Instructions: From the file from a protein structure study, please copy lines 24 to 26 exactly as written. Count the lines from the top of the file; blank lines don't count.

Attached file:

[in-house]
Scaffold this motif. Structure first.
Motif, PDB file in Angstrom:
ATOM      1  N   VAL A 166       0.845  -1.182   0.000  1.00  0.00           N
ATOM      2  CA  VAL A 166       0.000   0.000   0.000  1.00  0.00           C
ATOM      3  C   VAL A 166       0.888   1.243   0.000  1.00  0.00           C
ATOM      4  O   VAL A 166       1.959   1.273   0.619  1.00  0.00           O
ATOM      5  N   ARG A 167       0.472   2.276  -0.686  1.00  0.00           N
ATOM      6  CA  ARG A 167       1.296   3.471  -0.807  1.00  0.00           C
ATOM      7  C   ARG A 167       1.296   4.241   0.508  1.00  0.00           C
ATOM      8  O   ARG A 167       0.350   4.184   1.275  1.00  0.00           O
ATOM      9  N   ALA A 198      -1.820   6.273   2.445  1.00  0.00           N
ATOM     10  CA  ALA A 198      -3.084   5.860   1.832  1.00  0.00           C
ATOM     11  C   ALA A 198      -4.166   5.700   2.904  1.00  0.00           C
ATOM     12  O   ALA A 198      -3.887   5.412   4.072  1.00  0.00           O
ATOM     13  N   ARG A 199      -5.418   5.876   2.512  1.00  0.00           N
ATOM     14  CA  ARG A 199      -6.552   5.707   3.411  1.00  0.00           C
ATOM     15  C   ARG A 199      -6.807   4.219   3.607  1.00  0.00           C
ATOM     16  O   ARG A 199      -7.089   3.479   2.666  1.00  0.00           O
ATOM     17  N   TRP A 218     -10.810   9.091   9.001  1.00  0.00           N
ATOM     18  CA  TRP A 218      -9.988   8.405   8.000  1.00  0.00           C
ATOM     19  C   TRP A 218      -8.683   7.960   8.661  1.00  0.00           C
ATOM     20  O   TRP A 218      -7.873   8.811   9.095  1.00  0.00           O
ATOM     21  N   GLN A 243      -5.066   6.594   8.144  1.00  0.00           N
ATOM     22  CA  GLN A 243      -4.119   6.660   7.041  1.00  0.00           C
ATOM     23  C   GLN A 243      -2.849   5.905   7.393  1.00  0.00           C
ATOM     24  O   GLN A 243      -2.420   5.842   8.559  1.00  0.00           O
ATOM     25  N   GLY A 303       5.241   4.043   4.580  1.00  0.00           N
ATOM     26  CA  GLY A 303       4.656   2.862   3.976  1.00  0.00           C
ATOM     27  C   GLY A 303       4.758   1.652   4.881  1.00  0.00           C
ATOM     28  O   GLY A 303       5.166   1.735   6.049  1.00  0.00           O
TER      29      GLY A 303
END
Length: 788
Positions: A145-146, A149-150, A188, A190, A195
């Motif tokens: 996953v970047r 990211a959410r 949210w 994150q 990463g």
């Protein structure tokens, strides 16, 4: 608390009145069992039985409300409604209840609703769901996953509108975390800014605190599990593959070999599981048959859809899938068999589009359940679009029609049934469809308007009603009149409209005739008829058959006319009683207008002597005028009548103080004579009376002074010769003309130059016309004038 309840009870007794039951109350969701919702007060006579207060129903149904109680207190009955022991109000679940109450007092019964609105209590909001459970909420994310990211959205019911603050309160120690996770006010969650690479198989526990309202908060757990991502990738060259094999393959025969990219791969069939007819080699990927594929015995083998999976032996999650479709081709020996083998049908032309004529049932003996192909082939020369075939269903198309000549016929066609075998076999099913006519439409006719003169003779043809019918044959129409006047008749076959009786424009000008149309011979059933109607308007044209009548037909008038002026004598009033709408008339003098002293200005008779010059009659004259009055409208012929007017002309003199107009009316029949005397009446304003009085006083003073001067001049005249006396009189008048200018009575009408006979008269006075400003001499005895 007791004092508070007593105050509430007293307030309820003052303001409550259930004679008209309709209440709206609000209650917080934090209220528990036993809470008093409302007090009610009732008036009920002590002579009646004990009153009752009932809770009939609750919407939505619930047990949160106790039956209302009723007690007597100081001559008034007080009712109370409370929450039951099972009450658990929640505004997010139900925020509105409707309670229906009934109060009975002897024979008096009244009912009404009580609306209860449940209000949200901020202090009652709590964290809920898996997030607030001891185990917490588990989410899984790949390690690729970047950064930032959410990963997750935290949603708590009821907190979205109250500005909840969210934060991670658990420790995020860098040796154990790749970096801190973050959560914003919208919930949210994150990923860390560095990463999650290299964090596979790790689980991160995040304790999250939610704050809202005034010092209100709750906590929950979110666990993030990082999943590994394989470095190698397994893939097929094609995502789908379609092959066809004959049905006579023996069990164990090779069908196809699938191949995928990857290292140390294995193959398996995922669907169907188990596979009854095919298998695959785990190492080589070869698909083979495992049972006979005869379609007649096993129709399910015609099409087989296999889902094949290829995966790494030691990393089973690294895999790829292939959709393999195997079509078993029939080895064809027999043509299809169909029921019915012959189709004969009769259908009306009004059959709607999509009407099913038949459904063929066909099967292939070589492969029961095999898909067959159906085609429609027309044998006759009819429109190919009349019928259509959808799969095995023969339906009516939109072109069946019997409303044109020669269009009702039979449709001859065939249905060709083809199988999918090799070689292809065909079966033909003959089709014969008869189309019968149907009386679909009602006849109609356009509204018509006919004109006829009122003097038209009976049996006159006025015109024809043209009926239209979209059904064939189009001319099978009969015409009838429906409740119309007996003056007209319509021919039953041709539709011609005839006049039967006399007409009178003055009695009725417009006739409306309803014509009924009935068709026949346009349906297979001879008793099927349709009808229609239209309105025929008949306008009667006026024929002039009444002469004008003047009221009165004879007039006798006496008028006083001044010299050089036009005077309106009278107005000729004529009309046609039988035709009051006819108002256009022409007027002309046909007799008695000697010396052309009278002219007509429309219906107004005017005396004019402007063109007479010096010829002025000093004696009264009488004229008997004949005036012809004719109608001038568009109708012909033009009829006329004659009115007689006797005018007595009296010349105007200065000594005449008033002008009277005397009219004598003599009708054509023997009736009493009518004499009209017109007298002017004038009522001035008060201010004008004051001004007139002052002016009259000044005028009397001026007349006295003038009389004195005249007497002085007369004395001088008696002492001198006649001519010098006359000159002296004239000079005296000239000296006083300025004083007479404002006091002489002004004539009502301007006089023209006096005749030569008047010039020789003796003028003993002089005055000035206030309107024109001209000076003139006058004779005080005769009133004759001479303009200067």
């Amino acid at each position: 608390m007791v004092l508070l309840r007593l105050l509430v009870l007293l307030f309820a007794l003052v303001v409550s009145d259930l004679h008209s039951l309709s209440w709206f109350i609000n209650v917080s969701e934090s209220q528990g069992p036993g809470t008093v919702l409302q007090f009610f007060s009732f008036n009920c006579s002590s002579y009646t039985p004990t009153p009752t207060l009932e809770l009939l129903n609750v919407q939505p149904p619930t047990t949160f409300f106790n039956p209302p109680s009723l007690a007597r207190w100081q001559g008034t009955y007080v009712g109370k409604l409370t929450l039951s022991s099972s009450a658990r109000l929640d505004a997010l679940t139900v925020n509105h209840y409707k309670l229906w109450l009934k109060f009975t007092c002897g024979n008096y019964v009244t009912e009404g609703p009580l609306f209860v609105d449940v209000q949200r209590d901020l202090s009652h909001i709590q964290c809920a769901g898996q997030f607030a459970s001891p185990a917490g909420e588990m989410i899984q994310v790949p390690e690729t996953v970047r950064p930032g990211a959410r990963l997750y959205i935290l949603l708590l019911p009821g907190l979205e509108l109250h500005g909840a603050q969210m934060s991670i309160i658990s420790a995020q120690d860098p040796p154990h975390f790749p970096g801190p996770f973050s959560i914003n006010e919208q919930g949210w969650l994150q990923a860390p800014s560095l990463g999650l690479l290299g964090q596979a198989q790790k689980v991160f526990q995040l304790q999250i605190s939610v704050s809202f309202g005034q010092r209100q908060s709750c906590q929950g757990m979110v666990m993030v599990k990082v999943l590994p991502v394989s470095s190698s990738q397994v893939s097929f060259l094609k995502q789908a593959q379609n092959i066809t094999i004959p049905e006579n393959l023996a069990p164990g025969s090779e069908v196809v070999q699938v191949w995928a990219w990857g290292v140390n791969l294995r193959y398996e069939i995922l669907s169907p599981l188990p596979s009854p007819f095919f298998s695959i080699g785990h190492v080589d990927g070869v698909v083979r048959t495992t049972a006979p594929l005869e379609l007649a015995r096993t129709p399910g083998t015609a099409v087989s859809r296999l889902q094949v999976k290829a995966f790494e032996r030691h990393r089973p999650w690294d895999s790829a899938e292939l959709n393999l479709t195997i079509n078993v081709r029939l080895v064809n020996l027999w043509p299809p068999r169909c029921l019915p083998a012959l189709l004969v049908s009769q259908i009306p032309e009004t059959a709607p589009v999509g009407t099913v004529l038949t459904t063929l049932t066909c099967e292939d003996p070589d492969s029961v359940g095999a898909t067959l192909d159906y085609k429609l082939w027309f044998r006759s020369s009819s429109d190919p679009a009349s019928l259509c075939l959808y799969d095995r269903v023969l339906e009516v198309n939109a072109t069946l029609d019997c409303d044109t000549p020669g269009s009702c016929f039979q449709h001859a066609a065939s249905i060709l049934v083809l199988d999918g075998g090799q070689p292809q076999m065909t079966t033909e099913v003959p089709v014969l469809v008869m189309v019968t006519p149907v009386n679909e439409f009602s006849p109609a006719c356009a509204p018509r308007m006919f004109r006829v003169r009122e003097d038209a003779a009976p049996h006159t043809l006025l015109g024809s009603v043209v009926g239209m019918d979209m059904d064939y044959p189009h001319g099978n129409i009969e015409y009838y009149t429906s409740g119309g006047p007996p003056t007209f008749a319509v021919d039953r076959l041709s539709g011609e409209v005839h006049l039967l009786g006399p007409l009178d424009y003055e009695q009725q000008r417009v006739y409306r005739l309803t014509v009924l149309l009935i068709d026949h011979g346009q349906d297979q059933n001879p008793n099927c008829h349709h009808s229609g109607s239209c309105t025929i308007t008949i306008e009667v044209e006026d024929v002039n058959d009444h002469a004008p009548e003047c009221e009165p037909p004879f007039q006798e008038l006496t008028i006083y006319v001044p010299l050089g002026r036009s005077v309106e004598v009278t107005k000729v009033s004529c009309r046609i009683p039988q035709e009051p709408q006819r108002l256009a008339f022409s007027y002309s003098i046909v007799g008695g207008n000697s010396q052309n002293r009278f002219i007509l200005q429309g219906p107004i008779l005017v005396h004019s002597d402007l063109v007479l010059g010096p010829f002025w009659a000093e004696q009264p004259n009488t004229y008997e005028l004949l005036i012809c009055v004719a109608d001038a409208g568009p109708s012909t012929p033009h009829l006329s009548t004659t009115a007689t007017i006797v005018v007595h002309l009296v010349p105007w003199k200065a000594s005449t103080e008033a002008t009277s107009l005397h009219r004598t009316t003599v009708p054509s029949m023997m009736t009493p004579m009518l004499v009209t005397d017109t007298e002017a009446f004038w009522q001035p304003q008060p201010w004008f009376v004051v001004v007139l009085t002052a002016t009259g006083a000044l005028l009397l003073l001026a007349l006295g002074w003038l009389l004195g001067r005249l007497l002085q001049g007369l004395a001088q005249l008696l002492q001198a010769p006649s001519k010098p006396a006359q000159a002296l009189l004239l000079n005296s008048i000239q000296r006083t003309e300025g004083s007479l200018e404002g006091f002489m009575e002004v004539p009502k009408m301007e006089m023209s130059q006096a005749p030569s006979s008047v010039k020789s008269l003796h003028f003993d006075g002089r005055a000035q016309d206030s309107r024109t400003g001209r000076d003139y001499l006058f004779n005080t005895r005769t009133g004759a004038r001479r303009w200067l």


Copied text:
ATOM     21  N   GLN A 243      -5.066   6.594   8.144  1.00  0.00           N
ATOM     22  CA  GLN A 243      -4.119   6.660   7.041  1.00  0.00           C
ATOM     23  C   GLN A 243      -2.849   5.905   7.393  1.00  0.00           C